A highly simplified description of part of the life-cycle of healthy stony corals is settlement by larvae, recruitment of zooxanthellae and uptake of CaCO3 for the calcification process (building a skeleton). Acidification of surface waters limits the waters’ saturation of aragonite (CaCO3), which is known to positively correlate with coral growth rates (Albright et al, 2008). This reduction in aragonite saturation induces the transition from a coralline environment to an algal one (Kuffner et al, 2008). The slowing of coral growth means that individual mature specimens die faster than they can be replaced, leading to degradation of coral colonies. This effect is made more severe due to the fact that oceanic acidification has been found to disrupt larval settlement rate, which impairs the corals ability to recruit favourable zooxanthellae, reducing the ability of coral colonies to recover (Doropoulos et al, 2012).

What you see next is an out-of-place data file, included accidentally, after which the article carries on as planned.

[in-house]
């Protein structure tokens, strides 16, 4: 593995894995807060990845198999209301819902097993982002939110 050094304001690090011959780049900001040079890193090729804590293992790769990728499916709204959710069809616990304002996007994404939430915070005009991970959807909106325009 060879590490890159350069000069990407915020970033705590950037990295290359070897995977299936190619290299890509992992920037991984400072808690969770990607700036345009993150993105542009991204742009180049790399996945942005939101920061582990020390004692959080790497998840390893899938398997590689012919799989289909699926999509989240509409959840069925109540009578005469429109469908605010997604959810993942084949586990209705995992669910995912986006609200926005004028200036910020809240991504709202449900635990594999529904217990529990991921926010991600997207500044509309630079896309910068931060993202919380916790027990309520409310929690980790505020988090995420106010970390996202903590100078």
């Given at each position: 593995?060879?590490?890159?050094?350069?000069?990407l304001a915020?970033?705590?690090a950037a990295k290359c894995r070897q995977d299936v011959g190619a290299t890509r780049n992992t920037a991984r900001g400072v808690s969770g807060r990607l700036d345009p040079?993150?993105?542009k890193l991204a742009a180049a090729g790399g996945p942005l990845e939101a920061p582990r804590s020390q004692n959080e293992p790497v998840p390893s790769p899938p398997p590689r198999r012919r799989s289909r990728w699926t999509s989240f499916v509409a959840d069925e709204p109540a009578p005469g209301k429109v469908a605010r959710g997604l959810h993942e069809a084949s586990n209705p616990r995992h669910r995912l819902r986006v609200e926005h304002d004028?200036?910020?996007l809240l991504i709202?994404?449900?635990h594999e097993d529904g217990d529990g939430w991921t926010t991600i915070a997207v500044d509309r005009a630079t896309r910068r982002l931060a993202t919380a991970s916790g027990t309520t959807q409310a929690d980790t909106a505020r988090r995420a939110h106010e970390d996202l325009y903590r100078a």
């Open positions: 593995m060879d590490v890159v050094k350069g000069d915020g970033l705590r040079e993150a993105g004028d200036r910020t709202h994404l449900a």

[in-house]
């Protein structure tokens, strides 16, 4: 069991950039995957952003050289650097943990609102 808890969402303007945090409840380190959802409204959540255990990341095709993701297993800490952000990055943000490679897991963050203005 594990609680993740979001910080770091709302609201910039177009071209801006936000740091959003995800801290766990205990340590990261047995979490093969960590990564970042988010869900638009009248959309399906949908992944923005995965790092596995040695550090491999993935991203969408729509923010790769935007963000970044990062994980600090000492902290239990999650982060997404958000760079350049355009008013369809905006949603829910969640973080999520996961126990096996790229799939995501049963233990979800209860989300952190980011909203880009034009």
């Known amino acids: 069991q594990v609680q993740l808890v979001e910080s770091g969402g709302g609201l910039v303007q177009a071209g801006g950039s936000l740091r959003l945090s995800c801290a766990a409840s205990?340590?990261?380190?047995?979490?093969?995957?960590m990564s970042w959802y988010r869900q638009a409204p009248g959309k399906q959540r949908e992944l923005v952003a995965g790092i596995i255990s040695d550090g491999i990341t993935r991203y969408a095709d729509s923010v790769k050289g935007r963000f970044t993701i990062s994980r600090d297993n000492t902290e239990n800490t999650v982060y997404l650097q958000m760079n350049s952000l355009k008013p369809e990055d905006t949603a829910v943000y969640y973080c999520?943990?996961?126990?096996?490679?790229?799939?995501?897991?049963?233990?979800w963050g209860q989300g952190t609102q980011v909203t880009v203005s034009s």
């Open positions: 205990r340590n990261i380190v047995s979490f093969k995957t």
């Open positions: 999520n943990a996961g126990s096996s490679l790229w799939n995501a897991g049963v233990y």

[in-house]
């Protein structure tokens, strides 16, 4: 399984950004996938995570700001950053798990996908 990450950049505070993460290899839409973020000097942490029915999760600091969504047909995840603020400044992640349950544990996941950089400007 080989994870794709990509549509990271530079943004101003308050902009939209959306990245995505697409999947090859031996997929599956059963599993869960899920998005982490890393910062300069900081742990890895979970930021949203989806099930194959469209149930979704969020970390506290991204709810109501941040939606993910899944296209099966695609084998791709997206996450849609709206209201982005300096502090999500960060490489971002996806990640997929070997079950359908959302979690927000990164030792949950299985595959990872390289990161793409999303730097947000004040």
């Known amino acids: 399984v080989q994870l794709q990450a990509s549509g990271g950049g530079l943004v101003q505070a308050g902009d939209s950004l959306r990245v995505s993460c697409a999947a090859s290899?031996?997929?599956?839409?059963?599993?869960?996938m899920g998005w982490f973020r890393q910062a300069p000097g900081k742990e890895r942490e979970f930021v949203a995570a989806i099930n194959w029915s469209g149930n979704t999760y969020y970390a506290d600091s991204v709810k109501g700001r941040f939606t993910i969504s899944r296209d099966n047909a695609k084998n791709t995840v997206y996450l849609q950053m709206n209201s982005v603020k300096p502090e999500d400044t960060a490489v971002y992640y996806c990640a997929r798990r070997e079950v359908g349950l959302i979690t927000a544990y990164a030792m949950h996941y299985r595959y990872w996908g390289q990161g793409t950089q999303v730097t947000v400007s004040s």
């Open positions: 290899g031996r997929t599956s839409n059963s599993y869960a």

Increased CO2 in coral reef ecosystems has been found to result in a decrease in productivity of the zooxanthellae contained within the cell walls of the coral; as 90% of the resultant energy from zooxanthellae photosynthesis is passed onto the coral, this leads to a limitation of nutrients absorbed by the same (Anthony et al, 2008). The same study also discussed the sensitivity of calcifying corals to the acidification of seawater, noting that the corals are unable to calcify properly under acidic conditions. Figure 1 shows a diagram of the process by which CO2 finds its way into the surface water of coral reefs and the effects it has once it arrives.